Meet Andy Imtiaz, the Pakistani-American who believes “America runs on hate.” Also going by the name Imtiaz Ahmad Mohammed, the Asian Times CEO and business owner of 18 salons stands by an inflammatory series of statements against the United States.
Mohammad has been in the U.S. since 1991. He says he was motivated to run for office because of what he sees as a huge gap between Muslim communities and political engagement, a gap he sees as the root cause of current problems within the American Muslim community.
He ran in August 2018 for the Florida House of Representatives, District 97, but was defeated in the primary.
Mohammad is the founder of the American Muslim Progressive Caucus. According to a flyer that he posted to Facebook, AMPC’s mission is to build a progressive Muslim community. Further, the flyer stated:
Every American Muslim must register to vote and engage with American Political System to promote equality and Justice. Elect diverse candidates for the offices who respect all communities. VISION
We envision of future where Islam is understood as a source of dignity, justice, compassion and love for all humanity and the word.
Yet, Facebook posts from close to two years ago show Mohammad posing with sharia-apologist and Islamist agitator Linda Sarsour, as well as advertising event of ICNA (Islamic Circle of North America, a known Islamist organization). Sarsour was also one of the three speakers at that event.
In a candid interview for a Muslim audience, Mohammad sounds very much like a patriot at select points, which paints him as a complex candidate running for office.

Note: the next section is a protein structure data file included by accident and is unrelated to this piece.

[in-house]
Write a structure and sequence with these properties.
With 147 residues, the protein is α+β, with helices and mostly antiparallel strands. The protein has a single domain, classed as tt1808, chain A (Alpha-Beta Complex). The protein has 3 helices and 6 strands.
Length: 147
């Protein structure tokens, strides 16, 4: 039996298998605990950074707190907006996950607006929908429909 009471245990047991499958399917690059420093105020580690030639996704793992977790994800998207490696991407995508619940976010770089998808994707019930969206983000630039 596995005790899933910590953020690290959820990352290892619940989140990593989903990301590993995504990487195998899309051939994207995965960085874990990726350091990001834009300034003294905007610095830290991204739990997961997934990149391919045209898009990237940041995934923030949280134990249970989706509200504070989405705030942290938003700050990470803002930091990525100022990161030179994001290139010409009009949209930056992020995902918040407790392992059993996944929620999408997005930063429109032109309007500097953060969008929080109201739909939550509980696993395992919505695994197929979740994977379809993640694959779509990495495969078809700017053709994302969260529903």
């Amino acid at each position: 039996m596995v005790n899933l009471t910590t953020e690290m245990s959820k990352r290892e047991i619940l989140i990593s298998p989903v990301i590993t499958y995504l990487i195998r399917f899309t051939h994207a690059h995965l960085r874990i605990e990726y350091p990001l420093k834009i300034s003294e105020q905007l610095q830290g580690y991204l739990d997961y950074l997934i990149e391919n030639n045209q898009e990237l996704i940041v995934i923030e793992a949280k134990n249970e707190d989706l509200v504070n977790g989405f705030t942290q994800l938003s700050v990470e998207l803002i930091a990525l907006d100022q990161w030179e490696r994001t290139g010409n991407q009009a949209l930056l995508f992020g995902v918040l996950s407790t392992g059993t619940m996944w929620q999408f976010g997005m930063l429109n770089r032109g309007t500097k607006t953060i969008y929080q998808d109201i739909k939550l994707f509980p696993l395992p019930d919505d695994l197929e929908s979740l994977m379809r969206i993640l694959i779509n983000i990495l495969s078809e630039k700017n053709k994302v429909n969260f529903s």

Mohammad is critical of social champions and religious champions, while (as he says in the interview above) “we’re missing the most important part of civic engagement.” According to Mohammad, this is due to a lack of engagement in society and that lack of engagement leads to a blame game and increased victimhood. He says,
“I’m not running to win or lose. My goal is to be an example for all people … A Muslim candidate on the ballot …
Most people have moved to this country for the betterment of their life. Most organizations are in the United States. How many mosques do we have? How many social institutions do we have?”
However, as he continues to elaborate, these movements don’t have a greater impact on the Muslim community. Civic service, he believes, is a solution to that feeling of disengagement between American Muslims and the larger American society.
Mohammad’s select comments are inflammatory, but he’s certainly a candidate worth watching for how he’s shifting the narrative.
EDITORS NOTE: This Clarion Project column is republished with permission.